For the past week and a half I’ve been building a strata inspired by Colorado’s Black Canyon of the Gunnison and a pattern called Painted Grass by Valori Wells from her book Simple Start, Stunning Finish. I’m embarrassed to confess that my “design wall” consists of a cheap ($3.25) flannel backed plastic tablecloth from Big Lots that’s held onto the wall with Command Strips. However, fabric really clings to the thin flannel, and the grid pattern that shows through from the plastic side is helpful in lining up blocks.
I began my design with the row proportions and the angled pieces used in Valori’s pattern. I stuck to the row proportions, but developed my own sequencing and angling of the individual pieces. The first picture below shows the early stage of my design once I had established a general color scheme. You can see a picture of Bryce Canyon to the lower right – my inspiration for some of the colors. The next picture shows my design close to completion. As you can see, I’ve taken liberties with the river shown in the picture of the canyon. There are actually six rows in this piece, but I can’t back up enough to include the whole thing in a picture without moving furniture.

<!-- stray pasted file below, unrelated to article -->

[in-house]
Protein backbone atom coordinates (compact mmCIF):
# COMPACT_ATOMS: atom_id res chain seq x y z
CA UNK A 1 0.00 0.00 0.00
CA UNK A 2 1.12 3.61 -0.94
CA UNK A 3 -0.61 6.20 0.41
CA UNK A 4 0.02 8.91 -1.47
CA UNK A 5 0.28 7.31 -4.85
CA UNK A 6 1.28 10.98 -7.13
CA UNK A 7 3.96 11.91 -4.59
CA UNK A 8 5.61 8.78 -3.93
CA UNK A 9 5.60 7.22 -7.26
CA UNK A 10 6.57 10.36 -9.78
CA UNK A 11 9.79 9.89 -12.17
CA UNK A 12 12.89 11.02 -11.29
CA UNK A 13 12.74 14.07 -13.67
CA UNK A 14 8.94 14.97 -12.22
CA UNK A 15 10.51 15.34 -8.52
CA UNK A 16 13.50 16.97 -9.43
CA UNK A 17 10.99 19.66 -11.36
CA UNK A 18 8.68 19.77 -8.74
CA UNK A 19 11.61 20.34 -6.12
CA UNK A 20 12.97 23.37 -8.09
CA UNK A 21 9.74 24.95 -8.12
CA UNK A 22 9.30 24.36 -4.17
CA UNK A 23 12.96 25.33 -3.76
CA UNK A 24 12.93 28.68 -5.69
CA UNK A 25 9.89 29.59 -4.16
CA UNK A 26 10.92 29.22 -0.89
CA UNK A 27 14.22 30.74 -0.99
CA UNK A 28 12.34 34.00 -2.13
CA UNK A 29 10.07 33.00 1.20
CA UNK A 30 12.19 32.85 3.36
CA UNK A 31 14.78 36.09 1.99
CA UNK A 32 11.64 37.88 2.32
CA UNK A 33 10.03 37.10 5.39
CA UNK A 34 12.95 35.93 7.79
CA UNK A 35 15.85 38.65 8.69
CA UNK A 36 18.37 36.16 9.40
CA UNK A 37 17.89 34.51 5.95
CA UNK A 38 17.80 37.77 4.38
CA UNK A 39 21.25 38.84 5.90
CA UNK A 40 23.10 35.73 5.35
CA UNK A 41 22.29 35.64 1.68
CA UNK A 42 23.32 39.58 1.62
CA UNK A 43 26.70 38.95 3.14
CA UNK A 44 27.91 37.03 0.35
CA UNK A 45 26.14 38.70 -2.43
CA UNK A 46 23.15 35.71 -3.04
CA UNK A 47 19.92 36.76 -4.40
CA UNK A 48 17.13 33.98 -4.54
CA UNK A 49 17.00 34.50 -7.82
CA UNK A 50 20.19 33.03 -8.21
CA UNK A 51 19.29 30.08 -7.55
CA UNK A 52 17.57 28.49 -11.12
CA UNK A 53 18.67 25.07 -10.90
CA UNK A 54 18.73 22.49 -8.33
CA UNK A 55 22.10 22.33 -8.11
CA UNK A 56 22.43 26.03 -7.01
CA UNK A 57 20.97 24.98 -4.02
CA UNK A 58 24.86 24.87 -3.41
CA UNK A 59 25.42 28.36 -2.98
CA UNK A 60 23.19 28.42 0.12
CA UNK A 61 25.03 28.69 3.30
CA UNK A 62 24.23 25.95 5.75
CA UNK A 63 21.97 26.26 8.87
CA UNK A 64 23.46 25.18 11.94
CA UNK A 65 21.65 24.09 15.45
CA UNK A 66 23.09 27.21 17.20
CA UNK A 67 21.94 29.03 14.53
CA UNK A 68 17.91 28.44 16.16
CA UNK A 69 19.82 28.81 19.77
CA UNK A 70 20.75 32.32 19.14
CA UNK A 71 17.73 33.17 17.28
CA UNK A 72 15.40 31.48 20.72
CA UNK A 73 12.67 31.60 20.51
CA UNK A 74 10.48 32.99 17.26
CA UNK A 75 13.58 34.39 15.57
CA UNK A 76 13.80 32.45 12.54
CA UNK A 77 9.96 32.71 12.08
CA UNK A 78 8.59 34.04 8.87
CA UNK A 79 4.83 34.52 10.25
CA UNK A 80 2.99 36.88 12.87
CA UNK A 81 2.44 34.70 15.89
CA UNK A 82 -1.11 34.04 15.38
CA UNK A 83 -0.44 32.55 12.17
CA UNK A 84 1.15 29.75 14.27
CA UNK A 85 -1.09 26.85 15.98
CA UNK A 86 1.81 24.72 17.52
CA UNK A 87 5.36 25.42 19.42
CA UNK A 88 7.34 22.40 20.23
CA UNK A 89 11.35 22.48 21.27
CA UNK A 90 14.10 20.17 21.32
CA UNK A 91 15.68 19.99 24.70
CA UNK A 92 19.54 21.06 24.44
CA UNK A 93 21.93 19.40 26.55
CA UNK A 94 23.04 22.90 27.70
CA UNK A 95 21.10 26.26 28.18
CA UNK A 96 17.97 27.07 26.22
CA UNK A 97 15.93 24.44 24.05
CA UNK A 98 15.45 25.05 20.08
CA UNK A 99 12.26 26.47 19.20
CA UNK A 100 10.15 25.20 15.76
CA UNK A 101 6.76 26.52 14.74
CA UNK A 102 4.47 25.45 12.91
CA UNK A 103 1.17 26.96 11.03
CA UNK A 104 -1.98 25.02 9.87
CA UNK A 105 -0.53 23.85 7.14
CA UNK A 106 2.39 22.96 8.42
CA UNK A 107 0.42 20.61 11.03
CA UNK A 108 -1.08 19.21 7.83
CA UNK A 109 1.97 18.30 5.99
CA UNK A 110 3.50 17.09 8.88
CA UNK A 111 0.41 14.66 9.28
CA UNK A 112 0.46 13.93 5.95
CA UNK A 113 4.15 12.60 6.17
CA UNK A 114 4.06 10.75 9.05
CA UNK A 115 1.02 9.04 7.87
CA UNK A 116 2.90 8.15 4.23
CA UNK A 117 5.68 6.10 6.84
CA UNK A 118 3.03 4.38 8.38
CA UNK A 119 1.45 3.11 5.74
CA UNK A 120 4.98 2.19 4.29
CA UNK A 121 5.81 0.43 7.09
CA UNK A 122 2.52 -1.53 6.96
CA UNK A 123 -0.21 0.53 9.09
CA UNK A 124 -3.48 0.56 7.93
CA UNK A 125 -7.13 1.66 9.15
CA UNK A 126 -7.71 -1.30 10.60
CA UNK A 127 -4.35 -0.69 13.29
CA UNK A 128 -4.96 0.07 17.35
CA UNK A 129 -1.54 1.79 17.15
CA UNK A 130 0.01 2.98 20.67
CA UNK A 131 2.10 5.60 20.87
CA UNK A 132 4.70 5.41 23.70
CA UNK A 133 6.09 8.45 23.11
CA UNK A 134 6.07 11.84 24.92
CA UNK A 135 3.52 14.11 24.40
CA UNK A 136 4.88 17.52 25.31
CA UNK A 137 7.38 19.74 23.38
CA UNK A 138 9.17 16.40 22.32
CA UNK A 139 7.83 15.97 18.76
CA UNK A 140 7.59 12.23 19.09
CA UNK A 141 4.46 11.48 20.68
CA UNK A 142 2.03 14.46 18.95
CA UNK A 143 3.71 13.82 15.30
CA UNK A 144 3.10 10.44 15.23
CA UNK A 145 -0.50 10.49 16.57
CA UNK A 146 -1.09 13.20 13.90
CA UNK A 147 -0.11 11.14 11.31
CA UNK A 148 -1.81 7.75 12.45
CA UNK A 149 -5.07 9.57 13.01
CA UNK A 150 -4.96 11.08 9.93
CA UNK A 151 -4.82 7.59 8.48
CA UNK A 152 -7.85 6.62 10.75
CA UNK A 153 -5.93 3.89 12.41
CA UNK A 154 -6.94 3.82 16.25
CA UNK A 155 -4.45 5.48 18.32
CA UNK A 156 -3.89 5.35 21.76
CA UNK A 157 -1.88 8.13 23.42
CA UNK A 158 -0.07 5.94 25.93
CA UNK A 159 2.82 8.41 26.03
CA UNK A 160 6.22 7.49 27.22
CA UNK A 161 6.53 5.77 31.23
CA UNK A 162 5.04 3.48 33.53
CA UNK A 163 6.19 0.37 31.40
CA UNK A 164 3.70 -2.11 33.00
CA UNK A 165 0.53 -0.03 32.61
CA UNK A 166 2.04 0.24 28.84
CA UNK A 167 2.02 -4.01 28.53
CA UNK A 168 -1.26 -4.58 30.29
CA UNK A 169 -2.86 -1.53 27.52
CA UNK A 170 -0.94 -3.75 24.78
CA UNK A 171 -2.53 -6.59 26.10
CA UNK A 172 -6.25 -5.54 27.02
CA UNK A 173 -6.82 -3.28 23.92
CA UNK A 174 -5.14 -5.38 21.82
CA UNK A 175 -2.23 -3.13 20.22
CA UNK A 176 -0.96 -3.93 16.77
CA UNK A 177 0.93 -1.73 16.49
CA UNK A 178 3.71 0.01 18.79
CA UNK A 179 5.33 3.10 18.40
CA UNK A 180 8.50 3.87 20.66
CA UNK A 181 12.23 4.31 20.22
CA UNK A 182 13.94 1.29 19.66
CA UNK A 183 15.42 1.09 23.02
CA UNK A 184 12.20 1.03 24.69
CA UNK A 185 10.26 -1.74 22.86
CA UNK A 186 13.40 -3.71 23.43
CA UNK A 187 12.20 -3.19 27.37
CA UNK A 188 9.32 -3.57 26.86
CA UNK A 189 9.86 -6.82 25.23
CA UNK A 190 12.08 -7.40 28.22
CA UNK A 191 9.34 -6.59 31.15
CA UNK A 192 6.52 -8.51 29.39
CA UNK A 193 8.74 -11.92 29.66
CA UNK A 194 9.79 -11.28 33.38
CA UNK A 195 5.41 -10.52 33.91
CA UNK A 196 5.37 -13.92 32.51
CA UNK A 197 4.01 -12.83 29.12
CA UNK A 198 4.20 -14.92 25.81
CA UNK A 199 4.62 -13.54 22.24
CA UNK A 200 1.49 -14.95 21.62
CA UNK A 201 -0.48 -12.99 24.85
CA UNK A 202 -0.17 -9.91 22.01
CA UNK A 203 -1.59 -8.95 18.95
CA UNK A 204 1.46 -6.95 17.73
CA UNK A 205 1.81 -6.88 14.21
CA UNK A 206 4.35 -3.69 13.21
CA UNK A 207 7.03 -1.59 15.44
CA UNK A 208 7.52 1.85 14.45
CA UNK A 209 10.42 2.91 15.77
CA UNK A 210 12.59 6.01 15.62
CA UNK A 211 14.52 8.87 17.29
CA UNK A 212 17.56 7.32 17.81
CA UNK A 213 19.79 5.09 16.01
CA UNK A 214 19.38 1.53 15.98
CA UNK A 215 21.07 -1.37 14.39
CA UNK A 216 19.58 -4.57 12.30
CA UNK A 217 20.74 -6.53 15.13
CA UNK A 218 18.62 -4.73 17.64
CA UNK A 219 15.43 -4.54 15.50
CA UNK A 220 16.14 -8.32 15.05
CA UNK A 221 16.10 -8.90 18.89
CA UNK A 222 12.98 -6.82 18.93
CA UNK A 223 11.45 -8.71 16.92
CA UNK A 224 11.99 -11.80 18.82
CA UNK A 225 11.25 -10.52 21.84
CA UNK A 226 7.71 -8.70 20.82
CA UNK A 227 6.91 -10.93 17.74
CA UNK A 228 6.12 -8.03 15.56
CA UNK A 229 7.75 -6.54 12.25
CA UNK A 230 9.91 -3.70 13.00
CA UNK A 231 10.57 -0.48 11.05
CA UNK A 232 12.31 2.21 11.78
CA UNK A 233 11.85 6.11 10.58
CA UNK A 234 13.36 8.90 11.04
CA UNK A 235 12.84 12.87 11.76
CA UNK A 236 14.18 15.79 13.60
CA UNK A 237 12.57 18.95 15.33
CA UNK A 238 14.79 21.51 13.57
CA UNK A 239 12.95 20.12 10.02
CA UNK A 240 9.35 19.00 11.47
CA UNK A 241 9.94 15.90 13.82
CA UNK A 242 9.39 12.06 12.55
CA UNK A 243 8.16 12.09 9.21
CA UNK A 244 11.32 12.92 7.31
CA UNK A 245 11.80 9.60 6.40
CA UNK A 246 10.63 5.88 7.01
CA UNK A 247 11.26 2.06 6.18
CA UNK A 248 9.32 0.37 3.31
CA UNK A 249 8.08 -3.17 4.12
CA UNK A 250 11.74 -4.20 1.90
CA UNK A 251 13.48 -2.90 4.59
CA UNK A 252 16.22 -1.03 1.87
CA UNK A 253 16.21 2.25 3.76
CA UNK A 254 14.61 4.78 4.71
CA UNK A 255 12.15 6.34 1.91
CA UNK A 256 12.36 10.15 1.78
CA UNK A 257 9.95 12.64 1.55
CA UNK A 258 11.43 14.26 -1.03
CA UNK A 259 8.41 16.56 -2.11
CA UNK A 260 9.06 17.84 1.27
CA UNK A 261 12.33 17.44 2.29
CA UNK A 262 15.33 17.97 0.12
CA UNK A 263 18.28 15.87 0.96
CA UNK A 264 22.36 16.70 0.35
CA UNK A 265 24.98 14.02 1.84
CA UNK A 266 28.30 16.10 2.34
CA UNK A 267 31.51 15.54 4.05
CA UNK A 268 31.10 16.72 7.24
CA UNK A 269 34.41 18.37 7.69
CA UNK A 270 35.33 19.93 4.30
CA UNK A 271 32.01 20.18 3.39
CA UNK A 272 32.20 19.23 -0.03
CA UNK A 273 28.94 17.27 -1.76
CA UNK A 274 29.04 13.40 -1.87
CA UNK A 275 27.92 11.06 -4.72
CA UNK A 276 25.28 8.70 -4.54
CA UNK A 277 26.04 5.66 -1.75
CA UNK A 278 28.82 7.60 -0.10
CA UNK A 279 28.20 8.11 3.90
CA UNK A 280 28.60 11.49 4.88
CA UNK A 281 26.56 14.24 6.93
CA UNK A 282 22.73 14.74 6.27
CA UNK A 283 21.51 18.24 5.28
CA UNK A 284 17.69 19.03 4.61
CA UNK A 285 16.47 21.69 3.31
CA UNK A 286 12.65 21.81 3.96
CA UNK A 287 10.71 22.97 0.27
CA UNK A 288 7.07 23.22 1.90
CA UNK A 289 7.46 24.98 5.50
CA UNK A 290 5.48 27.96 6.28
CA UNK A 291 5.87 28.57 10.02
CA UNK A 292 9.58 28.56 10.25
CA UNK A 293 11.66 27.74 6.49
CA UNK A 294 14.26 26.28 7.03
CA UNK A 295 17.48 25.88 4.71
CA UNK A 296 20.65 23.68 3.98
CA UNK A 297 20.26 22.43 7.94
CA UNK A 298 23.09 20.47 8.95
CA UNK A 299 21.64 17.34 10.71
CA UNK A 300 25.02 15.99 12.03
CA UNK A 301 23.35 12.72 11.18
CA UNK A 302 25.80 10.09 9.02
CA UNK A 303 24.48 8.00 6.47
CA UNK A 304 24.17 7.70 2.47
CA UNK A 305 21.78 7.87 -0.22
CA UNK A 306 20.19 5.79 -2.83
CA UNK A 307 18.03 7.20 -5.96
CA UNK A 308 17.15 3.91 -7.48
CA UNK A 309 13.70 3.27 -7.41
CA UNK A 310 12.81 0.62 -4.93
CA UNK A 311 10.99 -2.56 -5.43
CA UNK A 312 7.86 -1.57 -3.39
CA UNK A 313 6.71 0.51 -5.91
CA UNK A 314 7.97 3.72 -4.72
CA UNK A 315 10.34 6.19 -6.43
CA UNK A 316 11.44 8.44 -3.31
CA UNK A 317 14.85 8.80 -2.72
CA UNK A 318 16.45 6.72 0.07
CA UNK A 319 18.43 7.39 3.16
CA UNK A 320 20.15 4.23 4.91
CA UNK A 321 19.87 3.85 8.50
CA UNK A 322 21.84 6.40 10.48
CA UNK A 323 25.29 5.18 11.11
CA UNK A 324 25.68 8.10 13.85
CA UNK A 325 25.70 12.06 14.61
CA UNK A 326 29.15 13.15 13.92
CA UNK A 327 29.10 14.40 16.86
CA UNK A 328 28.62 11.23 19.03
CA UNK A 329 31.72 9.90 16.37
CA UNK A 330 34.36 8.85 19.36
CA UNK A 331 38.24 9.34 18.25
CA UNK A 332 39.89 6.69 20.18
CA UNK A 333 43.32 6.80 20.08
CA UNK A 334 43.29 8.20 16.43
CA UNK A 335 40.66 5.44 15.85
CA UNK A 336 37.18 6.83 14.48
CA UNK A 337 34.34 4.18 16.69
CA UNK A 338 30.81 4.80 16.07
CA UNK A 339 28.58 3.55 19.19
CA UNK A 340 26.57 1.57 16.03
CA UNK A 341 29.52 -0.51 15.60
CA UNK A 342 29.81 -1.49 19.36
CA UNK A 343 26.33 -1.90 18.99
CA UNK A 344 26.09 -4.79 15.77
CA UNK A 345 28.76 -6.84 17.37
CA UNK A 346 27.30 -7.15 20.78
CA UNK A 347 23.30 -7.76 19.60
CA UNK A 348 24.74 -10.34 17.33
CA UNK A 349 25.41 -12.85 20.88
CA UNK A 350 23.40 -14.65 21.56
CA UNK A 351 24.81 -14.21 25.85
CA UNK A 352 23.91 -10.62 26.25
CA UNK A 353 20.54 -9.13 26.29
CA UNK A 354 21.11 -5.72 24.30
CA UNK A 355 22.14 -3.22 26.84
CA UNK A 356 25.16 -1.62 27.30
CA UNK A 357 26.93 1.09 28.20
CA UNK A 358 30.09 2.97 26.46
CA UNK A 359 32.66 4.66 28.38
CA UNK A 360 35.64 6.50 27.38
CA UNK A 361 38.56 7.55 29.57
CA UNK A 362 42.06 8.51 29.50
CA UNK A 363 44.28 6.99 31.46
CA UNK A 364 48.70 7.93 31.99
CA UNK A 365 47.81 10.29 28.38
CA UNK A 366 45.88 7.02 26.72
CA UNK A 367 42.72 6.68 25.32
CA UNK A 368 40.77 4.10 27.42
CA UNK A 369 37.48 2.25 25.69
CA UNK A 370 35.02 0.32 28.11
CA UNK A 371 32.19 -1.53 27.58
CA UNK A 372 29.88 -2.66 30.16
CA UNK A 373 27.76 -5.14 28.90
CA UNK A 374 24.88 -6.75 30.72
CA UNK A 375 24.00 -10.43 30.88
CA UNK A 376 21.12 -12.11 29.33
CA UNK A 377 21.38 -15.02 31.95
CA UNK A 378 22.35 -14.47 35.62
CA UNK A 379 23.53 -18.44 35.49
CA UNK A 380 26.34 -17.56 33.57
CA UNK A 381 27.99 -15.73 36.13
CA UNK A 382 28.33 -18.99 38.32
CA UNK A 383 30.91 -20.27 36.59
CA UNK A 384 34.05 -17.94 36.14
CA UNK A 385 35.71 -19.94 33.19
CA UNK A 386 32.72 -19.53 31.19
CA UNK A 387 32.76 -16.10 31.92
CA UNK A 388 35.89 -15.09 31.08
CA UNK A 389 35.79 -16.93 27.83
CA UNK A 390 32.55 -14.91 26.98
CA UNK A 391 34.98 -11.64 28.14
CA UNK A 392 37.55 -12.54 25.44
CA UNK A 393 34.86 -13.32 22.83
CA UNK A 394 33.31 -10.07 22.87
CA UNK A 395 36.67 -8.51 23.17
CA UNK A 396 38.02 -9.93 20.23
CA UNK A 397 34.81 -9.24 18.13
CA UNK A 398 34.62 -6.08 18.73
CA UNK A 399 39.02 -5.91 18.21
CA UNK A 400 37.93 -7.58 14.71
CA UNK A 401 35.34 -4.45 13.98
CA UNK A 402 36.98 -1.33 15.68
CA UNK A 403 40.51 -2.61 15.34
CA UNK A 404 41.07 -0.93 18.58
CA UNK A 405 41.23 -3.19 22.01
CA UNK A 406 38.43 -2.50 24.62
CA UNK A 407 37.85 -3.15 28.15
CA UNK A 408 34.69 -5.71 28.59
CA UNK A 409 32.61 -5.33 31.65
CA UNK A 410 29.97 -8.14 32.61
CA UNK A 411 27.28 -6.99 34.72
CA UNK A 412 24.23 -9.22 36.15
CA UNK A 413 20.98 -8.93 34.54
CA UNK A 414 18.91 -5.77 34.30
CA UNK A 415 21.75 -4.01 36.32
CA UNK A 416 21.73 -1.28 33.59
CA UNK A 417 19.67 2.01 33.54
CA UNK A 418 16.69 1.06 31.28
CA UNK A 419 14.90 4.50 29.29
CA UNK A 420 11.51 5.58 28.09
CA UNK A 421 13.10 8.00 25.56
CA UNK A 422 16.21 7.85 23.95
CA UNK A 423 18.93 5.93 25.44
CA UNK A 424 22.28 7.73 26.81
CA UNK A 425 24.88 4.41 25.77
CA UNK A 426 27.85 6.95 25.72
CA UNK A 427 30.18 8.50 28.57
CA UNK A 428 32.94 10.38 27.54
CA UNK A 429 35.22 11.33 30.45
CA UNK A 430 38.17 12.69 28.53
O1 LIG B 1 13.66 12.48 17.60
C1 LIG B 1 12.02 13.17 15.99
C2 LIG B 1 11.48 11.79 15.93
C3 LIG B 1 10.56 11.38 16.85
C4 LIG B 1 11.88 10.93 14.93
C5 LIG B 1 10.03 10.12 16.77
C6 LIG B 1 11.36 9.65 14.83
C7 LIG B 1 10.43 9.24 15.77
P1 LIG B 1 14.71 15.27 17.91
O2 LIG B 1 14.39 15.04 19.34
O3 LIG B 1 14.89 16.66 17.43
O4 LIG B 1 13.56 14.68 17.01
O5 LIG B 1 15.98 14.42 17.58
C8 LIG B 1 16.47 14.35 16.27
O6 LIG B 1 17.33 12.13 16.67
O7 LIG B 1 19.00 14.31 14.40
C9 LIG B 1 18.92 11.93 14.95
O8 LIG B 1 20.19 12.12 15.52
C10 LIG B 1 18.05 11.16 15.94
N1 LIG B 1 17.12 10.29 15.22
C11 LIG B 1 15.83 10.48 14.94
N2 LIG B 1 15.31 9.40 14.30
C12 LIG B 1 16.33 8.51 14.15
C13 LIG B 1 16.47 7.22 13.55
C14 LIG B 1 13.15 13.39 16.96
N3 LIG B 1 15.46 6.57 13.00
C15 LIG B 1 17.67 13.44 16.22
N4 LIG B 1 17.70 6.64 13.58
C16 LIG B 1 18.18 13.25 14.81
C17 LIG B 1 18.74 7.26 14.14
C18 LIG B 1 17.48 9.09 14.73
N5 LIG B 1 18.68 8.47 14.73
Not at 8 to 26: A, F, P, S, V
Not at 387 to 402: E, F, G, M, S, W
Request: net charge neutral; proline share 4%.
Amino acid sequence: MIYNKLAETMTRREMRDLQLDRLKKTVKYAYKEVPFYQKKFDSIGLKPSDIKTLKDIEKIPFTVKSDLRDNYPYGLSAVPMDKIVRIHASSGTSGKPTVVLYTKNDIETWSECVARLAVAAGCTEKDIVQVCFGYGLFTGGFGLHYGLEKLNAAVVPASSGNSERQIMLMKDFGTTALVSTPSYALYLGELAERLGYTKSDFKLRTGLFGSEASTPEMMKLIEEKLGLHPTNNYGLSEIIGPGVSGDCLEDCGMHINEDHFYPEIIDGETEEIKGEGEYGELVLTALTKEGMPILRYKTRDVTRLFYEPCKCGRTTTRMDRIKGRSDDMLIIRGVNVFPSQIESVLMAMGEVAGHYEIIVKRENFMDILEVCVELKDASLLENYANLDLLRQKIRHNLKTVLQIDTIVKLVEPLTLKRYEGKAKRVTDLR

I have another design wall that’s smaller and useful for those little projects. The latest Quilter’s Newsletter features a column by Pam Rocco in which she talks about trying to develop a simple half square triangle quilt. I was inspired to play with half square triangles and rectangles from my bin of scraps. What’s evolving bears little resemblance to Pam’s quilts, but her article was a great kick in the pants.
This quilt is not as far along as the canyon. My plan right now is to put the blocks off center and fill in the outer areas with Kona Ash. As you can see, I tend to compose directly on the wall, especially when I’m working with scraps.
Both of these projects are being set aside for now so I can add a hanging sleeve to a gift wall hanging and finish the hand stitching on my flowers quilt. Of course, those quilts on the wall are a constant temptation to make just one adjustment, and then an hour passes…